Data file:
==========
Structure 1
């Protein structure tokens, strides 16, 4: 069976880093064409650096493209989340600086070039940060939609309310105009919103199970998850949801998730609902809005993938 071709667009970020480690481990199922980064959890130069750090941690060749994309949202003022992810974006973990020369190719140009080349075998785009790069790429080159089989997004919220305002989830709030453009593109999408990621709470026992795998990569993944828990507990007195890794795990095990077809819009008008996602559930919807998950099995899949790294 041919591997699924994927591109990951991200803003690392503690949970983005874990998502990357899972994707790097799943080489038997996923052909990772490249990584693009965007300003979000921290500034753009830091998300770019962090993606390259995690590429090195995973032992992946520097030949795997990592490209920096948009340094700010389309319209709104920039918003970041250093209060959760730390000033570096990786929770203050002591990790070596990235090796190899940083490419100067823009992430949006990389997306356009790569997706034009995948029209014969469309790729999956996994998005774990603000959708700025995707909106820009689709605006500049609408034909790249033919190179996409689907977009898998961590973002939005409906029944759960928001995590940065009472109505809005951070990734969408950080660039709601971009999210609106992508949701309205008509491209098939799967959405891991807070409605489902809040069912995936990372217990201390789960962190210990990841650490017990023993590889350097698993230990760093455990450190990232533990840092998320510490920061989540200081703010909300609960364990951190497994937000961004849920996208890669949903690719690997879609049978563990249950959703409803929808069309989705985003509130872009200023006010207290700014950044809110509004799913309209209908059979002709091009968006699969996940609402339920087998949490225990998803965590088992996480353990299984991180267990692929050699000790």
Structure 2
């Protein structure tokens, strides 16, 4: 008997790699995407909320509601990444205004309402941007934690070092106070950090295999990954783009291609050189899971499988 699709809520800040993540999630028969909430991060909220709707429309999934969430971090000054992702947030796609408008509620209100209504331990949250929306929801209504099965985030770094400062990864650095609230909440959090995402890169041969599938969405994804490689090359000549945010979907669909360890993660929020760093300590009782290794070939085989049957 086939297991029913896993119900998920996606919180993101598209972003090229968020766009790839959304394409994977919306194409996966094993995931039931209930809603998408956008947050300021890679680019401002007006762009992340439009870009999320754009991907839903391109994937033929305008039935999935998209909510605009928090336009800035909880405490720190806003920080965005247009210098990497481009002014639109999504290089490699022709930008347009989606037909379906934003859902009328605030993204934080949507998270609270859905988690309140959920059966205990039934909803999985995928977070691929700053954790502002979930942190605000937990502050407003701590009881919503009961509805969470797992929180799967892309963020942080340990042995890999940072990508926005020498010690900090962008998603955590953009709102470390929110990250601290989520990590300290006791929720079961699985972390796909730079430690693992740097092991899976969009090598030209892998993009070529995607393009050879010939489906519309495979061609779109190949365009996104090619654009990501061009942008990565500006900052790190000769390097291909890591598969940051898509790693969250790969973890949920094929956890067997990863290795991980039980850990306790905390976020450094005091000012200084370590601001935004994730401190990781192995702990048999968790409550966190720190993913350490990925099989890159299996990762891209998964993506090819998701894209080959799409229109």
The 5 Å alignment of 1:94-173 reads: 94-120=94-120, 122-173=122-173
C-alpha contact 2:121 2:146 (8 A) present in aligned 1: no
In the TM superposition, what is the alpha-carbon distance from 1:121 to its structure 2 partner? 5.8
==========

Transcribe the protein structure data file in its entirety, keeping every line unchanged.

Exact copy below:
Structure 1
């Protein structure tokens, strides 16, 4: 069976880093064409650096493209989340600086070039940060939609309310105009919103199970998850949801998730609902809005993938 071709667009970020480690481990199922980064959890130069750090941690060749994309949202003022992810974006973990020369190719140009080349075998785009790069790429080159089989997004919220305002989830709030453009593109999408990621709470026992795998990569993944828990507990007195890794795990095990077809819009008008996602559930919807998950099995899949790294 041919591997699924994927591109990951991200803003690392503690949970983005874990998502990357899972994707790097799943080489038997996923052909990772490249990584693009965007300003979000921290500034753009830091998300770019962090993606390259995690590429090195995973032992992946520097030949795997990592490209920096948009340094700010389309319209709104920039918003970041250093209060959760730390000033570096990786929770203050002591990790070596990235090796190899940083490419100067823009992430949006990389997306356009790569997706034009995948029209014969469309790729999956996994998005774990603000959708700025995707909106820009689709605006500049609408034909790249033919190179996409689907977009898998961590973002939005409906029944759960928001995590940065009472109505809005951070990734969408950080660039709601971009999210609106992508949701309205008509491209098939799967959405891991807070409605489902809040069912995936990372217990201390789960962190210990990841650490017990023993590889350097698993230990760093455990450190990232533990840092998320510490920061989540200081703010909300609960364990951190497994937000961004849920996208890669949903690719690997879609049978563990249950959703409803929808069309989705985003509130872009200023006010207290700014950044809110509004799913309209209908059979002709091009968006699969996940609402339920087998949490225990998803965590088992996480353990299984991180267990692929050699000790």
Structure 2
């Protein structure tokens, strides 16, 4: 008997790699995407909320509601990444205004309402941007934690070092106070950090295999990954783009291609050189899971499988 699709809520800040993540999630028969909430991060909220709707429309999934969430971090000054992702947030796609408008509620209100209504331990949250929306929801209504099965985030770094400062990864650095609230909440959090995402890169041969599938969405994804490689090359000549945010979907669909360890993660929020760093300590009782290794070939085989049957 086939297991029913896993119900998920996606919180993101598209972003090229968020766009790839959304394409994977919306194409996966094993995931039931209930809603998408956008947050300021890679680019401002007006762009992340439009870009999320754009991907839903391109994937033929305008039935999935998209909510605009928090336009800035909880405490720190806003920080965005247009210098990497481009002014639109999504290089490699022709930008347009989606037909379906934003859902009328605030993204934080949507998270609270859905988690309140959920059966205990039934909803999985995928977070691929700053954790502002979930942190605000937990502050407003701590009881919503009961509805969470797992929180799967892309963020942080340990042995890999940072990508926005020498010690900090962008998603955590953009709102470390929110990250601290989520990590300290006791929720079961699985972390796909730079430690693992740097092991899976969009090598030209892998993009070529995607393009050879010939489906519309495979061609779109190949365009996104090619654009990501061009942008990565500006900052790190000769390097291909890591598969940051898509790693969250790969973890949920094929956890067997990863290795991980039980850990306790905390976020450094005091000012200084370590601001935004994730401190990781192995702990048999968790409550966190720190993913350490990925099989890159299996990762891209998964993506090819998701894209080959799409229109």
The 5 Å alignment of 1:94-173 reads: 94-120=94-120, 122-173=122-173
C-alpha contact 2:121 2:146 (8 A) present in aligned 1: no
In the TM superposition, what is the alpha-carbon distance from 1:121 to its structure 2 partner? 5.8